One of the most difficult tasks in drafting a fantasy football team
is trying to decide between two players you essentially see as having
nearly identical value. Knowing how to break such a ďtieĒ
can be important as often a pick comes down to a dilemma between
Player A and Player B. The purpose of this article is to not only
identify pairs of players that are considered of nearly equal value
in 2022, but also take a look at the process of solving those dilemmas.
Our first installment of this feature examines two quarterbacks
entering into their third NFL seasons having both been drafted out
of college in 2020.
Joe Burrow has exploded onto the NFL scene by way of his skills
and overall leadership abilities, but this season, heís getting
recognized in fantasy circles for being a player of high value.
He is likely going to be a QB1 for fantasy purposes for the next
decade or so, particularly if his options to throw to remain as
dynamic as they are at present.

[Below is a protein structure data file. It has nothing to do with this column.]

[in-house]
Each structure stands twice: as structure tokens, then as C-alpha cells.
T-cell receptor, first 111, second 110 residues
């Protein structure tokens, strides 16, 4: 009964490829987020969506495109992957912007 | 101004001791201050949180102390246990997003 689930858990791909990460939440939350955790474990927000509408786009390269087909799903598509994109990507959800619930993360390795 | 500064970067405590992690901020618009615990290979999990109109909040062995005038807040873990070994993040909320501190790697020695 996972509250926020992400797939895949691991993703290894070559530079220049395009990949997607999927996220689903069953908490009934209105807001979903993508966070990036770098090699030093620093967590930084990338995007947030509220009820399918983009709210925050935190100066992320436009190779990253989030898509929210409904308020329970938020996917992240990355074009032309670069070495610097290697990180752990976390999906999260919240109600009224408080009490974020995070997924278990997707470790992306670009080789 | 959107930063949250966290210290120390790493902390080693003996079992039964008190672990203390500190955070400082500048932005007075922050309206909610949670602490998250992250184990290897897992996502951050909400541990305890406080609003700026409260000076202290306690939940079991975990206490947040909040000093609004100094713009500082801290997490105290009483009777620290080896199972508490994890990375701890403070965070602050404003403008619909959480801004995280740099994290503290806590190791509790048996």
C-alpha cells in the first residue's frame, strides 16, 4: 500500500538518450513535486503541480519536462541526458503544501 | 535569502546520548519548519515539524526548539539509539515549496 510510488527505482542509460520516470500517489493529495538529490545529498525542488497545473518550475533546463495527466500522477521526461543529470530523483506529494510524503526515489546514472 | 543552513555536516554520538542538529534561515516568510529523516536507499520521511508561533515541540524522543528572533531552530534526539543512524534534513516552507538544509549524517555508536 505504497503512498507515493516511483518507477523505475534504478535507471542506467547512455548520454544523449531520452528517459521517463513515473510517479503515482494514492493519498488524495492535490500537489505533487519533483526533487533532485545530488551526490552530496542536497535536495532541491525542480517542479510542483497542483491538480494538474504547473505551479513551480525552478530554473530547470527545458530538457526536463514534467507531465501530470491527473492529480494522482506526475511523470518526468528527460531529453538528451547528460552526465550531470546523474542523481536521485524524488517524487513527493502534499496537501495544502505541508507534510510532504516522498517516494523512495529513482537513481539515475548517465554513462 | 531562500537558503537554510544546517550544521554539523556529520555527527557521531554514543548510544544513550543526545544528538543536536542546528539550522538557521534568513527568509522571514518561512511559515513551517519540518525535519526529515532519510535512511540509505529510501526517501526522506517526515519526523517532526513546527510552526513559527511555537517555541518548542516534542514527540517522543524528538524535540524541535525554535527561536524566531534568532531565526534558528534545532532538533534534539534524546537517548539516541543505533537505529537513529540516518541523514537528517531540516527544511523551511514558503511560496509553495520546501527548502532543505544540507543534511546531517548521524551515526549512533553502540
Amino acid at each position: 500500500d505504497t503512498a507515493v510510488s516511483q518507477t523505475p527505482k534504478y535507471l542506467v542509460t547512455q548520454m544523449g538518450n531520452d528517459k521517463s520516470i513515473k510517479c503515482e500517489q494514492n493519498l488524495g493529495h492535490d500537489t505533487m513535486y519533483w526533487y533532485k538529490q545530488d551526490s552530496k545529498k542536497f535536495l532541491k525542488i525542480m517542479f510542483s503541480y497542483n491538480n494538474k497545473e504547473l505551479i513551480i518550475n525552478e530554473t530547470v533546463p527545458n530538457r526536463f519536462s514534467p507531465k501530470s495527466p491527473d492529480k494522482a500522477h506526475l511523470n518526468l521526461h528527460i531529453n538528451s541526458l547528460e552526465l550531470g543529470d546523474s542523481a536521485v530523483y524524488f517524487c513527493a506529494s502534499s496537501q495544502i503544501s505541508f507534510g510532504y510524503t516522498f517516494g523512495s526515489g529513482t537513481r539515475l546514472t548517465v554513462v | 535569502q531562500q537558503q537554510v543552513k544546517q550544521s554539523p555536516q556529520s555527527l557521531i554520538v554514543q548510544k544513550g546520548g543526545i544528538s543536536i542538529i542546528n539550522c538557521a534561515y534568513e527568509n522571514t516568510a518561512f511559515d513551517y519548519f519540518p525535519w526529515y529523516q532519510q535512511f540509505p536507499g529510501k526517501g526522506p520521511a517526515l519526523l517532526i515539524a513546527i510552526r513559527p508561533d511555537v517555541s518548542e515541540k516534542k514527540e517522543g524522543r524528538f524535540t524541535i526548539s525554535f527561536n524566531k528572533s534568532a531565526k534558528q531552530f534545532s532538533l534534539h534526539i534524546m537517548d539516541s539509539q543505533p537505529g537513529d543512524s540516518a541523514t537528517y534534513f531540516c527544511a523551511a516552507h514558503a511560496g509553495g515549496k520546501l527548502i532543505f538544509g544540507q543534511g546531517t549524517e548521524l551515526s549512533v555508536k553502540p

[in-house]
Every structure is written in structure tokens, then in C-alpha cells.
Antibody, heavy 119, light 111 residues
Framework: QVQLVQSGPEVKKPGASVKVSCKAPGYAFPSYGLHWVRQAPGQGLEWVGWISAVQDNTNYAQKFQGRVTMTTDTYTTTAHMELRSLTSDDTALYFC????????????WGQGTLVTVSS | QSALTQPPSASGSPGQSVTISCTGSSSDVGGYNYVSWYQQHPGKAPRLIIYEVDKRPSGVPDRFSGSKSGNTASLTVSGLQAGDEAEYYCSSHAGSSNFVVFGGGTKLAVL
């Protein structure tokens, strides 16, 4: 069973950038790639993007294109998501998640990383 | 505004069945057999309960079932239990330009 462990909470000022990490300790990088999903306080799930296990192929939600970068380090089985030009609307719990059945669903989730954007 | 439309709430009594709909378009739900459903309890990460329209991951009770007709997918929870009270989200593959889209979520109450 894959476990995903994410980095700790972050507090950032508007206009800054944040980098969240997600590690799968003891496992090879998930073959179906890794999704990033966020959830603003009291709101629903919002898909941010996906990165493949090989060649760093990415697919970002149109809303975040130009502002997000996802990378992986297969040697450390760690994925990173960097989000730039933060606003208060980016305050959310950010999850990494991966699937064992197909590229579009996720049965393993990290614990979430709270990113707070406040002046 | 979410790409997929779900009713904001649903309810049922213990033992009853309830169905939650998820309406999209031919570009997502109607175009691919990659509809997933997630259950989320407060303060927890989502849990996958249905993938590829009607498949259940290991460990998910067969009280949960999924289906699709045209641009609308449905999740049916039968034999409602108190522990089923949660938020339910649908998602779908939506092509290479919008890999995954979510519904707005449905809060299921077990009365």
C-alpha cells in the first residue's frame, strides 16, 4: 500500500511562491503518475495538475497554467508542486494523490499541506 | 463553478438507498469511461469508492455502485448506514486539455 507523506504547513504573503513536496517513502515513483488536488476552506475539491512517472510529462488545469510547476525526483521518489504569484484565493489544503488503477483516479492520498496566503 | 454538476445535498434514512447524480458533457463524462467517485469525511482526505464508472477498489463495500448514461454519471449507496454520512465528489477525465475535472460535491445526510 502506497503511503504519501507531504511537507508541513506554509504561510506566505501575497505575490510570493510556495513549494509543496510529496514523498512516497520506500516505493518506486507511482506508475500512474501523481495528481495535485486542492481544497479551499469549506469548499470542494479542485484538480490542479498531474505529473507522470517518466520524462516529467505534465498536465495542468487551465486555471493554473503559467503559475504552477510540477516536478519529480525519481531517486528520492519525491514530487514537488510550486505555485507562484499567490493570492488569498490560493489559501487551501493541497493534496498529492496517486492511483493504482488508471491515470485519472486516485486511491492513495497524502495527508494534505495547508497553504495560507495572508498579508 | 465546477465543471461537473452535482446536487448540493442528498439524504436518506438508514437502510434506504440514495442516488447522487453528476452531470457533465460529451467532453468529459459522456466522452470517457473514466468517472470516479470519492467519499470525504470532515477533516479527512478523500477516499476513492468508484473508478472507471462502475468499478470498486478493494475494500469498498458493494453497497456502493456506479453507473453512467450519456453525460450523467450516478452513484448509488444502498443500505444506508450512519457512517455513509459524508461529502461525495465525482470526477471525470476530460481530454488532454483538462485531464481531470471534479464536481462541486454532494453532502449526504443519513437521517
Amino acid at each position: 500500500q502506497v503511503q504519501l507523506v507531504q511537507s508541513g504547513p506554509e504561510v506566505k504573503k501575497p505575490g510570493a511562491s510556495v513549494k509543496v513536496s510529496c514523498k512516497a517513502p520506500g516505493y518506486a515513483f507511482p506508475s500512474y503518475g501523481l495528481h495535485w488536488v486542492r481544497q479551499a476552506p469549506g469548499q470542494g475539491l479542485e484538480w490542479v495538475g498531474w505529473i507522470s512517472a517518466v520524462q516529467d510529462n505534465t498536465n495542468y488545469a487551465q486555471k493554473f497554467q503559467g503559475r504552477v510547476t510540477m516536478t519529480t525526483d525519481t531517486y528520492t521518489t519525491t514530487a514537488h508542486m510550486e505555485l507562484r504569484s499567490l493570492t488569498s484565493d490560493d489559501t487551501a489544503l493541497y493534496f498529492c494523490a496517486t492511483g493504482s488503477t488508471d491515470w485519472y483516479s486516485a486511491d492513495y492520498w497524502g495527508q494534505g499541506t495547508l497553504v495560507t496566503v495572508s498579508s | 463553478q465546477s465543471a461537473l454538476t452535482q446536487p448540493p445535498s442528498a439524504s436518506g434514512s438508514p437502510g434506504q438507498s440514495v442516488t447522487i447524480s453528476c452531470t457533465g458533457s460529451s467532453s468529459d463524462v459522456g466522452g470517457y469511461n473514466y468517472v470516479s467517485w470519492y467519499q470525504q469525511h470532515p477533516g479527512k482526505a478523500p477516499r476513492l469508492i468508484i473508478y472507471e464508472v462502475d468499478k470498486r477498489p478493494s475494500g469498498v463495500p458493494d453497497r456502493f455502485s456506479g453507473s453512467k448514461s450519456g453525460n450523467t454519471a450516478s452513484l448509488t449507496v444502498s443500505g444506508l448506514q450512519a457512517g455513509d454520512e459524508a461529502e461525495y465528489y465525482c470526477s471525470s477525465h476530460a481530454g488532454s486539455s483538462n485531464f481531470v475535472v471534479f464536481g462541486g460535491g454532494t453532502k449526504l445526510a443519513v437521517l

Meanwhile, Jalen Hurts has far less job security and the forecast
concerning his next decade is cloudy. That said, Hurts possesses
an ability to score fantasy points that extends beyond the parameters
of what Burrow brings to the table and that makes choosing between
these two third-year quarterbacks so difficult.
There are reasons to like both guys as your starting quarterback
and you might be able to wait to grab either until the sixth round
(or even a bit later). So, who do you choose?
The strengths of Burrow as a fantasy quarterback are fairly obvious,
but worth stating to create comparison. Primarily, he has a world-class
stable of wide receivers to throw the ball to - guys who can not
only excel in the red zone, but can take a pass ten yards downfield
and turn it into a 50-yard gain. That dynamic led to Burrow averaging
12.6 yards per completion last season, which was second only to
last year with respect to QBs that played in more than five games.
So, in leagues which value yardage and award bonuses for big yardage
games, Burrow is an ideal fit as your starting QB. In addition to
the trifecta of JaíMarr
Chase, Tee Higgins,
and Tyler Boyd,
the Bengals added TE Hayden
Hurst in the offseason to shore up seam routes. It all adds
up to an offense that is buoyed by a loaded cupboard at receiver